American Painter, 1882-1930 Related Paintings of Hills, Anna Althea :. | Dante and Virgil in the Underworld | Luis de Etruria | Evening | The Fire in the Borgo | Triptych of Saint |
Related Artists:Henry Roderick Newman
Edouard Vuillard Galleries
Jean-Edouard Vuillard, the son of a retired captain, spent his youth at Cuiseaux (Saone-et-Loire); in 1878 his family moved to Paris in modest circumstances. After his father\'s death, in 1884, Vuillard received a scholarship to continue his education. In the Lycee Condorcet Vuillard met Ker Xavier Roussel (also a future painter and Vuillard\'s future brother in law), Maurice Denis, musician Pierre Hermant, writer Pierre Veber and Lugne-Poe. On Roussel\'s advice he refused a military career and entered the Ecole des Beaux-Arts, where he met Pierre Bonnard.
In 1885, Vuillard left the Lycee Condorcet and joined his closest friend Roussel at the studio of painter Diogene Maillart. There, Roussel and Vuillard received the rudiments of artistic training.Jean-Baptiste Carpeaux
(May 11, 1827 - October 12, 1875) was a French sculptor and painter.
Born in Valenciennes, Nord, son of a mason, his early studies were under François Rude. Carpeaux entered the Ecole des Beaux-Arts in 1844 and won the Prix de Rome in 1854, and moving to Rome to find inspiration, he there studied the works of Michelangelo, Donatello and Verrocchio. Staying in Rome from 1854 to 1861, he obtained a taste for movement and spontaneity, which he joined with the great principles of baroque art. Carpeaux sought real life subjects in the streets and broke with the classical tradition.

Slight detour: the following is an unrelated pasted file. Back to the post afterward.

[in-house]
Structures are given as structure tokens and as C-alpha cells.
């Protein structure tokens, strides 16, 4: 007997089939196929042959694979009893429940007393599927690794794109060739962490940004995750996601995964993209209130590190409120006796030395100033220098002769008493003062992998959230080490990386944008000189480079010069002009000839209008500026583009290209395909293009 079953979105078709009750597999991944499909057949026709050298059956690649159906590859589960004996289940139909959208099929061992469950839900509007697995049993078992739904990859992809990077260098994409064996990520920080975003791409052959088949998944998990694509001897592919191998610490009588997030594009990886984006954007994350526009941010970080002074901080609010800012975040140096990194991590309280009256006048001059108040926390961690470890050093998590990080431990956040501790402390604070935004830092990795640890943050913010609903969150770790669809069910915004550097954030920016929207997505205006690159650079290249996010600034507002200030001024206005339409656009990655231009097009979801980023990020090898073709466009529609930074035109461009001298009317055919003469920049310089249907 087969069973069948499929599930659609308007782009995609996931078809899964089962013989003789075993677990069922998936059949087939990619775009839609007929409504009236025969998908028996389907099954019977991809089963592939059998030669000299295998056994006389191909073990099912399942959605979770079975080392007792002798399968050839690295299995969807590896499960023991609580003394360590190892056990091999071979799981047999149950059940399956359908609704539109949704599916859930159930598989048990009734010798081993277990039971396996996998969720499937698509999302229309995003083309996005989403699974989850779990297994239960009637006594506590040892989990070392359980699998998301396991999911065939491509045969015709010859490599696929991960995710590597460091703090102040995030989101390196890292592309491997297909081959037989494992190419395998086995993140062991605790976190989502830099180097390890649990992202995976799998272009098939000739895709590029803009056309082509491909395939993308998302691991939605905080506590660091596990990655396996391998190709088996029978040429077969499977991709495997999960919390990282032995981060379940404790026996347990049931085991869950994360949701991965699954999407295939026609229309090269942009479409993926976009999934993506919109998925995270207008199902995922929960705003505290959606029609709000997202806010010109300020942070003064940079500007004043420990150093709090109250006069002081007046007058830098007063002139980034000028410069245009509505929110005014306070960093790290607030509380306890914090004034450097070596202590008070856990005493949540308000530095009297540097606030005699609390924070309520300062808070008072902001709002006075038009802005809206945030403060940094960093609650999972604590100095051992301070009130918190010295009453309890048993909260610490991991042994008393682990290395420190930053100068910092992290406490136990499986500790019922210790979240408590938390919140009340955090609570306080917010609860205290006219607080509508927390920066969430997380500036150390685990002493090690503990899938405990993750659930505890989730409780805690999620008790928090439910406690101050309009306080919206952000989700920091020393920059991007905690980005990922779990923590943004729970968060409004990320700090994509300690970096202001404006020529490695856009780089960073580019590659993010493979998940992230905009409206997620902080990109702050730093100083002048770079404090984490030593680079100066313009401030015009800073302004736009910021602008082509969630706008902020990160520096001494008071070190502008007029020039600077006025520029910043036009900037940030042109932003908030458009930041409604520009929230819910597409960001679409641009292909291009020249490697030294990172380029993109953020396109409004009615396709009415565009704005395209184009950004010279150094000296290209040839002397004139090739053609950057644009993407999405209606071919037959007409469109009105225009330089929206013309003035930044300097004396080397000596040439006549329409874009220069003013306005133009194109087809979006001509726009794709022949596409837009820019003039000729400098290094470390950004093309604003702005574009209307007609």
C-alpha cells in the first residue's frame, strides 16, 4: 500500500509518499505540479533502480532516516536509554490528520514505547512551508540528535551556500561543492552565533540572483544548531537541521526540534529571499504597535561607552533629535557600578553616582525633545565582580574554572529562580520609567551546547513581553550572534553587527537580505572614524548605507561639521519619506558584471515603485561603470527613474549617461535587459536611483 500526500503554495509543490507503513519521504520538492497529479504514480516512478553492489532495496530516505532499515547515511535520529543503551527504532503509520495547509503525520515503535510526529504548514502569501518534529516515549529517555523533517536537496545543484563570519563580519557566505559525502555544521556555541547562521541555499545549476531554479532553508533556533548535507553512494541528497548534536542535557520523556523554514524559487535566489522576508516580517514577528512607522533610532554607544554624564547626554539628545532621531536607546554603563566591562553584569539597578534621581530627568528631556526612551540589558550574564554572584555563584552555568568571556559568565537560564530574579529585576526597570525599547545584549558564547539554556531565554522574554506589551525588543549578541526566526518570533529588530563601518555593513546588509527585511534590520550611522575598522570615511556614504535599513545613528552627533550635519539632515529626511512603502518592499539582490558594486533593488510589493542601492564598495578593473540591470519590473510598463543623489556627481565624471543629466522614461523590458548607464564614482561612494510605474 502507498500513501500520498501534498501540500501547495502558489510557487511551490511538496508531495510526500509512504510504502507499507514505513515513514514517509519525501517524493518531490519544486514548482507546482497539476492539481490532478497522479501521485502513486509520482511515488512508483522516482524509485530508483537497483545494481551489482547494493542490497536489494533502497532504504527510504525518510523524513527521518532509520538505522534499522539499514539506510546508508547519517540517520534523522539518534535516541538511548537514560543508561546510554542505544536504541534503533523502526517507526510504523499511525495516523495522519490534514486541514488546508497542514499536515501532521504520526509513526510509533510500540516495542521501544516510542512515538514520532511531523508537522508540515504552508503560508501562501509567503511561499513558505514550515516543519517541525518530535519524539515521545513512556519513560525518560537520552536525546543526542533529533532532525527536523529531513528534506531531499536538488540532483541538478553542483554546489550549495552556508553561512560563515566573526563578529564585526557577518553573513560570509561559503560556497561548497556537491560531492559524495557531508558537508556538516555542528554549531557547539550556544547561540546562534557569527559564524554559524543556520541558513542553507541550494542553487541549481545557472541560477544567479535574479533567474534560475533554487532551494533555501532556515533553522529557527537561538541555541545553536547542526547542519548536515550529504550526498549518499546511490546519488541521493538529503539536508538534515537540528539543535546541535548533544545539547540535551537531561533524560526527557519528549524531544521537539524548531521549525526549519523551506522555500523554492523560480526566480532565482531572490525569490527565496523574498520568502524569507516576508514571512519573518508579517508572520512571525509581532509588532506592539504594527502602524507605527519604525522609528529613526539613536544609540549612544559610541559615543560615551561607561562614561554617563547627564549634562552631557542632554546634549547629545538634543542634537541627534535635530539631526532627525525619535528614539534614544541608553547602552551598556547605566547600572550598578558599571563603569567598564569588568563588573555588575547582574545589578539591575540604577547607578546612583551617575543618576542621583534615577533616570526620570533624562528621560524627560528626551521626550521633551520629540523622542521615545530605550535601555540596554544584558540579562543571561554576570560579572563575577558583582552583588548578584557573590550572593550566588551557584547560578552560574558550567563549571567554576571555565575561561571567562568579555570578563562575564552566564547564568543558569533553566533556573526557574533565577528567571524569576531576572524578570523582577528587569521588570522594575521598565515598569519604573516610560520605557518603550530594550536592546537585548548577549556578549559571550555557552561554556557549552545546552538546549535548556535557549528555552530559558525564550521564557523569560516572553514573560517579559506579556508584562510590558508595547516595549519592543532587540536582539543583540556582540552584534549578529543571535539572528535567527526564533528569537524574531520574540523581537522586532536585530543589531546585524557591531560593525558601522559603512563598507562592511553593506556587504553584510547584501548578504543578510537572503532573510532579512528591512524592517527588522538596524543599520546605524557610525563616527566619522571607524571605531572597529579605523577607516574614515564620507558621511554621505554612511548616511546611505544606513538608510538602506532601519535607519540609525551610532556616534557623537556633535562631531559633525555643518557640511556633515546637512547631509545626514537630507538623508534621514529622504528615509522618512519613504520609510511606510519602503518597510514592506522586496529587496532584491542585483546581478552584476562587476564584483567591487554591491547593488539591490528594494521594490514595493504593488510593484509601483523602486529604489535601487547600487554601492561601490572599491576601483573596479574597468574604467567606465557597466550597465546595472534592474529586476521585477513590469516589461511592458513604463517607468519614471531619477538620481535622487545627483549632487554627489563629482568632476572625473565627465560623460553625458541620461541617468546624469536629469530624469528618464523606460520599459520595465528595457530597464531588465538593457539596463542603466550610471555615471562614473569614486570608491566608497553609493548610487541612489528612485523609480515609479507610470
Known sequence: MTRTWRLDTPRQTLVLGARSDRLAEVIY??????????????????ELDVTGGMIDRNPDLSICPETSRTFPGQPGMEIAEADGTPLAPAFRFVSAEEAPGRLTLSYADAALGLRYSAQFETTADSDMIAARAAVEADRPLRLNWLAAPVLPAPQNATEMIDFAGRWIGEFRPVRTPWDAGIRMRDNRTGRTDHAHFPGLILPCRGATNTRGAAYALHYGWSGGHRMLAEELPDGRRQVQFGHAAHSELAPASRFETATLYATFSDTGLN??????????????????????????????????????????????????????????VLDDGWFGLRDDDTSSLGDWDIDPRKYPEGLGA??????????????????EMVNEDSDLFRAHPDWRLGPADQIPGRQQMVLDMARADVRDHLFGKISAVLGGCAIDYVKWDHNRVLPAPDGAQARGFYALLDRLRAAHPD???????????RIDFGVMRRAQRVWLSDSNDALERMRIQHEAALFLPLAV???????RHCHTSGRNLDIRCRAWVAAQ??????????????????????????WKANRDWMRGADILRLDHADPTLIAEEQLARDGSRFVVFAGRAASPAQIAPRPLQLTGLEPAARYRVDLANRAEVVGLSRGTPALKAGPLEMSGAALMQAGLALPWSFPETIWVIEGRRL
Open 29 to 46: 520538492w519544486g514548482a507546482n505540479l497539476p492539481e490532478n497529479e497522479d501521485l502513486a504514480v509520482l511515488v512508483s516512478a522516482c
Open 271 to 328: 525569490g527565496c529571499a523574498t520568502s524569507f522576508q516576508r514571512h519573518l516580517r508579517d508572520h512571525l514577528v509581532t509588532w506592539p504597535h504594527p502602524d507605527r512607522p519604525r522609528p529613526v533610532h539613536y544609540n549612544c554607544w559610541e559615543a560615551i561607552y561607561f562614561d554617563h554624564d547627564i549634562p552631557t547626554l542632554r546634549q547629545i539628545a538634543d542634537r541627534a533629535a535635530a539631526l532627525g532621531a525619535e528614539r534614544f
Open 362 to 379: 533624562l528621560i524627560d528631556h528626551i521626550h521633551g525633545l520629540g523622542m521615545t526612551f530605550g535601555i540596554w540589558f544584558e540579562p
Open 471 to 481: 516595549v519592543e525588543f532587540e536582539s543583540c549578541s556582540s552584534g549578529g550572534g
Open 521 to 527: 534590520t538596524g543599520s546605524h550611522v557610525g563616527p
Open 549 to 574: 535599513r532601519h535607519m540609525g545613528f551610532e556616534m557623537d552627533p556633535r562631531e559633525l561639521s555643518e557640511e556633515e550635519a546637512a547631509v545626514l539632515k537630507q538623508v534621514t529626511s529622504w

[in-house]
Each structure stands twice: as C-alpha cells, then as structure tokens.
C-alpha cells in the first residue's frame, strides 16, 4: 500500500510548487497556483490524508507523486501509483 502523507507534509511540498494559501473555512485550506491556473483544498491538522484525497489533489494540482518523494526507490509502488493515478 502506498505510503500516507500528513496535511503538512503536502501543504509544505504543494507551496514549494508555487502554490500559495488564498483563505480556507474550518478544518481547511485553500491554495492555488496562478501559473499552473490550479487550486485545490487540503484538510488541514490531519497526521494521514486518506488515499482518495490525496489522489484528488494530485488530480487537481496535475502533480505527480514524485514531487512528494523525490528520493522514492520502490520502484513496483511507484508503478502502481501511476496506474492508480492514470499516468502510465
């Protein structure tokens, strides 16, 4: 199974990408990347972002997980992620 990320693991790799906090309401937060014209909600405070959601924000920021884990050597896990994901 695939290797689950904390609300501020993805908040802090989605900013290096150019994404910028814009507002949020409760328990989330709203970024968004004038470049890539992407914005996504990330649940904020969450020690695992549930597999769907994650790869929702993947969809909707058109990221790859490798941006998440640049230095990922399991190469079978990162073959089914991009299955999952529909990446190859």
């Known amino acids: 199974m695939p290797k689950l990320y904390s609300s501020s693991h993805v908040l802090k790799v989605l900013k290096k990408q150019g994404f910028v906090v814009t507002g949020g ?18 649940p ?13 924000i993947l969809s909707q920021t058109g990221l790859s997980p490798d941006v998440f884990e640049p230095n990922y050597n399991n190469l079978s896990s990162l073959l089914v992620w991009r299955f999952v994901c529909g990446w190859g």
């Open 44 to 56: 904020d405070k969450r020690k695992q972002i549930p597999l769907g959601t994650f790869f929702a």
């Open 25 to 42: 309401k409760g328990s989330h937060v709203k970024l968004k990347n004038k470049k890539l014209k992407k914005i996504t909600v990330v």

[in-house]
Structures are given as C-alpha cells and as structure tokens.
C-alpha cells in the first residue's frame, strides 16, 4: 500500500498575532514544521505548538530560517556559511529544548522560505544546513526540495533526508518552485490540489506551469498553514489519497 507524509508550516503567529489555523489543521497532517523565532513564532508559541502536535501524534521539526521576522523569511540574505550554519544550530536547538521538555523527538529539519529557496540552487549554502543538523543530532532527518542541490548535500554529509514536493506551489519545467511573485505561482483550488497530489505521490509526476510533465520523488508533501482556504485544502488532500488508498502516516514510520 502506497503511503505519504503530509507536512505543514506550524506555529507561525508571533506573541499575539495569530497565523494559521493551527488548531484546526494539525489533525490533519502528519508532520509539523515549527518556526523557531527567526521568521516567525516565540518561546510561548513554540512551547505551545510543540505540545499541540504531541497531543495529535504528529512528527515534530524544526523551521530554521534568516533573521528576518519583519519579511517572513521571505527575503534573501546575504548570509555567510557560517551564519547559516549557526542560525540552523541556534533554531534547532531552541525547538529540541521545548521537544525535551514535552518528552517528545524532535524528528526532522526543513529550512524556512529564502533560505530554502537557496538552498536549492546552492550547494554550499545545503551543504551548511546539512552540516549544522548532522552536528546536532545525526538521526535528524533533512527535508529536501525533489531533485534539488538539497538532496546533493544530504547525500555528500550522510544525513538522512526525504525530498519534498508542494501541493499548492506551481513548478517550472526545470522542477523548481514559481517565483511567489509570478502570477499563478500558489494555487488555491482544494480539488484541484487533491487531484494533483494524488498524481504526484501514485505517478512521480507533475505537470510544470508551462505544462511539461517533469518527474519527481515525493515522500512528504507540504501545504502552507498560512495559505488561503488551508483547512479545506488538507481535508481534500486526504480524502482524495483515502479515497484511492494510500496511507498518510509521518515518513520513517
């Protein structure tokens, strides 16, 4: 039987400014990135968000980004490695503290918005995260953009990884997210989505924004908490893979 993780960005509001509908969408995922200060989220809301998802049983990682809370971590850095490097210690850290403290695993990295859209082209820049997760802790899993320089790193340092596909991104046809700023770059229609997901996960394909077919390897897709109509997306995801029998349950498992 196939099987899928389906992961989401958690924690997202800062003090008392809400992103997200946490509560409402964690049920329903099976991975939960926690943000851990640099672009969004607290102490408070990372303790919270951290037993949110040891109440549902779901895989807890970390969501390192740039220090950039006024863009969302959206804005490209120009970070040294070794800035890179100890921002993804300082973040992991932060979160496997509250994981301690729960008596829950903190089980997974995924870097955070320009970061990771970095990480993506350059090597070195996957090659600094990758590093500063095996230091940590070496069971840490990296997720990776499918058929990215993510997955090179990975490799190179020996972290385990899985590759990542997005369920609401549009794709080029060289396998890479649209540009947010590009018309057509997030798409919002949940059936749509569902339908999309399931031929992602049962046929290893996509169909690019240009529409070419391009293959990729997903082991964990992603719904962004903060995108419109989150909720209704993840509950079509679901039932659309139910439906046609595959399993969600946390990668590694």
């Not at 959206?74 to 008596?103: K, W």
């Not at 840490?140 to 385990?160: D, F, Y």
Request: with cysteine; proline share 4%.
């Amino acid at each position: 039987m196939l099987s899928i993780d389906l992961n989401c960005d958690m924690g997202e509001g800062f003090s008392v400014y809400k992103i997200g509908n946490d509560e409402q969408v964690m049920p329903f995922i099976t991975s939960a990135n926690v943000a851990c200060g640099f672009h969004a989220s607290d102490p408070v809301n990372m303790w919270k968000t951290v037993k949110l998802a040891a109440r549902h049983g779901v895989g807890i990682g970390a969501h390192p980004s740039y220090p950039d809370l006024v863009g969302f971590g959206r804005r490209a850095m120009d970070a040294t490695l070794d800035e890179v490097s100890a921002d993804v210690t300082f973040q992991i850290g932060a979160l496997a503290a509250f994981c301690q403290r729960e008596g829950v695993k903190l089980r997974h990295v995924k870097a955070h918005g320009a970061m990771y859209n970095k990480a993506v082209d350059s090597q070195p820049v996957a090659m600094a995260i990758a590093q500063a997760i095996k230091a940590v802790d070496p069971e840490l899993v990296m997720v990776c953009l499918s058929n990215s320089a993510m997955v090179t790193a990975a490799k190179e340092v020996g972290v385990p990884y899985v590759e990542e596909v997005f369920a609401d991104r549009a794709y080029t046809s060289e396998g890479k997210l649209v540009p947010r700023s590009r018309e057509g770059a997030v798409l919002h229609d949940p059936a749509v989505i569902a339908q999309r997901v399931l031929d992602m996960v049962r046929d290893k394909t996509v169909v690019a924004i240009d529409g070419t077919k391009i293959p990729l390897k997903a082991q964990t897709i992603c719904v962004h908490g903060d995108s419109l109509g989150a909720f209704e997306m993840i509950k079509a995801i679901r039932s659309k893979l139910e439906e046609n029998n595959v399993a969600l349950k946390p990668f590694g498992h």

While a student in Rome, Carpeaux submitted a plaster version of Pe - heur napolitain e la coquille, the Neapolitan Fisherboy, to the French Academy. He carved the marble version several years later, showing it in the Salon exhibition of 1863. It was purchased for Napoleon III's empress, Eugenie. The statue of the young smiling boy was very popular, and Carpeaux created a number of reproductions and variations in marble and bronze. There is a copy, for instance, in the Samuel H. Kress Collection in the National Gallery of Art in Washington D.C.. Some years later, he carved the Girl with a Shell, a very similar study.
In 1861 he made a bust of Princess Mathilde, and this later brought him several commissions from Napoleon III.